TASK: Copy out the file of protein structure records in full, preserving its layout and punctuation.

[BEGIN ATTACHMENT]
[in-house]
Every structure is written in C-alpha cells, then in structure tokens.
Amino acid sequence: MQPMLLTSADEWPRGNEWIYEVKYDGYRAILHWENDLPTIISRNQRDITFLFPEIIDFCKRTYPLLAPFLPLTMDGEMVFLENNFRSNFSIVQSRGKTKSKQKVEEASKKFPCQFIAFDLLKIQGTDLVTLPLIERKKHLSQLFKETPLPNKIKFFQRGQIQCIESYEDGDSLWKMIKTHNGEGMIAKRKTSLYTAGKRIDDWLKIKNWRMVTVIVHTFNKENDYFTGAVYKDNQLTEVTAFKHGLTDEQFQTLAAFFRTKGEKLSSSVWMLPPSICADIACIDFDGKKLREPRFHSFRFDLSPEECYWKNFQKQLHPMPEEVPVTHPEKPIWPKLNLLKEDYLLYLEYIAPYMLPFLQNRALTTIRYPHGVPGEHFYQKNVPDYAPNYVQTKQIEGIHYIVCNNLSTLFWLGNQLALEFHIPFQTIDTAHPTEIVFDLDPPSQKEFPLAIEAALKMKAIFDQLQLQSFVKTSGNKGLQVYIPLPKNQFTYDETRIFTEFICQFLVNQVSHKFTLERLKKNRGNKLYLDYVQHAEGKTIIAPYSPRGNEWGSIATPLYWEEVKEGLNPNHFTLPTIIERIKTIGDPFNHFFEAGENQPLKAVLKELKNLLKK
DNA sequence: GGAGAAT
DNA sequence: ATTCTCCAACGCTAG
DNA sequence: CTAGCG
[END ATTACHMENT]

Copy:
[in-house]
Every structure is written in C-alpha cells, then in structure tokens.
Amino acid sequence: MQPMLLTSADEWPRGNEWIYEVKYDGYRAILHWENDLPTIISRNQRDITFLFPEIIDFCKRTYPLLAPFLPLTMDGEMVFLENNFRSNFSIVQSRGKTKSKQKVEEASKKFPCQFIAFDLLKIQGTDLVTLPLIERKKHLSQLFKETPLPNKIKFFQRGQIQCIESYEDGDSLWKMIKTHNGEGMIAKRKTSLYTAGKRIDDWLKIKNWRMVTVIVHTFNKENDYFTGAVYKDNQLTEVTAFKHGLTDEQFQTLAAFFRTKGEKLSSSVWMLPPSICADIACIDFDGKKLREPRFHSFRFDLSPEECYWKNFQKQLHPMPEEVPVTHPEKPIWPKLNLLKEDYLLYLEYIAPYMLPFLQNRALTTIRYPHGVPGEHFYQKNVPDYAPNYVQTKQIEGIHYIVCNNLSTLFWLGNQLALEFHIPFQTIDTAHPTEIVFDLDPPSQKEFPLAIEAALKMKAIFDQLQLQSFVKTSGNKGLQVYIPLPKNQFTYDETRIFTEFICQFLVNQVSHKFTLERLKKNRGNKLYLDYVQHAEGKTIIAPYSPRGNEWGSIATPLYWEEVKEGLNPNHFTLPTIIERIKTIGDPFNHFFEAGENQPLKAVLKELKNLLKK
DNA sequence: GGAGAAT
DNA sequence: ATTCTCCAACGCTAG
DNA sequence: CTAGCG